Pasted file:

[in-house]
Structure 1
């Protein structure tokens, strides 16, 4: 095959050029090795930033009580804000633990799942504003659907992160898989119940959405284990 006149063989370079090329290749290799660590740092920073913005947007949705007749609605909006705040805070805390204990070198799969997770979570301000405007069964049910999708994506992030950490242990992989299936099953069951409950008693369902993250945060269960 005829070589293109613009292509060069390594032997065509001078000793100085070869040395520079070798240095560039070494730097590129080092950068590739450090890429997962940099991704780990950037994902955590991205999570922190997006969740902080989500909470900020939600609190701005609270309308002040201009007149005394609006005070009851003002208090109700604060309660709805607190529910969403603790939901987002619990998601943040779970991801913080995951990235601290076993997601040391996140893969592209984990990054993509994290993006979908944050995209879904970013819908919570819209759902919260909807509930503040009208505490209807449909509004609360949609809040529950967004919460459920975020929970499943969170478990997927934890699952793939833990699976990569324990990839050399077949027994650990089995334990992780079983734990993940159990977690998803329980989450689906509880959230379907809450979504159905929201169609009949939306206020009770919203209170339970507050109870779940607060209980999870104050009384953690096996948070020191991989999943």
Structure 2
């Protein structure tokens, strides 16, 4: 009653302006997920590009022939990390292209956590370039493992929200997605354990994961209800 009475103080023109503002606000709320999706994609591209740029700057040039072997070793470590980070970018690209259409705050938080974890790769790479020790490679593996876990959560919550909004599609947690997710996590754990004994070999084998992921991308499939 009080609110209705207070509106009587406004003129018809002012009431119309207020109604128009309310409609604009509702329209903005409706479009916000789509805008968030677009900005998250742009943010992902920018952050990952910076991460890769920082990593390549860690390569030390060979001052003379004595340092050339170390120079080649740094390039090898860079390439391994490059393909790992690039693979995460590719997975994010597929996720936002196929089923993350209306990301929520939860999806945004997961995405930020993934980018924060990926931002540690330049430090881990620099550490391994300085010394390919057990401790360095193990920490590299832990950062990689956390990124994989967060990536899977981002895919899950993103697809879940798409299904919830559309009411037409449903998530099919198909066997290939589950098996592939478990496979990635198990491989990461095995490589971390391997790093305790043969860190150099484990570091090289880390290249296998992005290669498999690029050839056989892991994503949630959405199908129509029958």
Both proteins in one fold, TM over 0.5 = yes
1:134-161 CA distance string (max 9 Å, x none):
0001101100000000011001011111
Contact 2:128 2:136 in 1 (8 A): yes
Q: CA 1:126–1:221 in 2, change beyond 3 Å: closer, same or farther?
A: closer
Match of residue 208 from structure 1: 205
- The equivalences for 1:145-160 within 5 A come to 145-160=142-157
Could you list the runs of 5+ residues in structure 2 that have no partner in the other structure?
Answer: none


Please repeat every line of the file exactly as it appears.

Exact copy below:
[in-house]
Structure 1
């Protein structure tokens, strides 16, 4: 095959050029090795930033009580804000633990799942504003659907992160898989119940959405284990 006149063989370079090329290749290799660590740092920073913005947007949705007749609605909006705040805070805390204990070198799969997770979570301000405007069964049910999708994506992030950490242990992989299936099953069951409950008693369902993250945060269960 005829070589293109613009292509060069390594032997065509001078000793100085070869040395520079070798240095560039070494730097590129080092950068590739450090890429997962940099991704780990950037994902955590991205999570922190997006969740902080989500909470900020939600609190701005609270309308002040201009007149005394609006005070009851003002208090109700604060309660709805607190529910969403603790939901987002619990998601943040779970991801913080995951990235601290076993997601040391996140893969592209984990990054993509994290993006979908944050995209879904970013819908919570819209759902919260909807509930503040009208505490209807449909509004609360949609809040529950967004919460459920975020929970499943969170478990997927934890699952793939833990699976990569324990990839050399077949027994650990089995334990992780079983734990993940159990977690998803329980989450689906509880959230379907809450979504159905929201169609009949939306206020009770919203209170339970507050109870779940607060209980999870104050009384953690096996948070020191991989999943």
Structure 2
């Protein structure tokens, strides 16, 4: 009653302006997920590009022939990390292209956590370039493992929200997605354990994961209800 009475103080023109503002606000709320999706994609591209740029700057040039072997070793470590980070970018690209259409705050938080974890790769790479020790490679593996876990959560919550909004599609947690997710996590754990004994070999084998992921991308499939 009080609110209705207070509106009587406004003129018809002012009431119309207020109604128009309310409609604009509702329209903005409706479009916000789509805008968030677009900005998250742009943010992902920018952050990952910076991460890769920082990593390549860690390569030390060979001052003379004595340092050339170390120079080649740094390039090898860079390439391994490059393909790992690039693979995460590719997975994010597929996720936002196929089923993350209306990301929520939860999806945004997961995405930020993934980018924060990926931002540690330049430090881990620099550490391994300085010394390919057990401790360095193990920490590299832990950062990689956390990124994989967060990536899977981002895919899950993103697809879940798409299904919830559309009411037409449903998530099919198909066997290939589950098996592939478990496979990635198990491989990461095995490589971390391997790093305790043969860190150099484990570091090289880390290249296998992005290669498999690029050839056989892991994503949630959405199908129509029958």
Both proteins in one fold, TM over 0.5 = yes
1:134-161 CA distance string (max 9 Å, x none):
0001101100000000011001011111
Contact 2:128 2:136 in 1 (8 A): yes
Q: CA 1:126–1:221 in 2, change beyond 3 Å: closer, same or farther?
A: closer
Match of residue 208 from structure 1: 205
- The equivalences for 1:145-160 within 5 A come to 145-160=142-157
Could you list the runs of 5+ residues in structure 2 that have no partner in the other structure?
Answer: none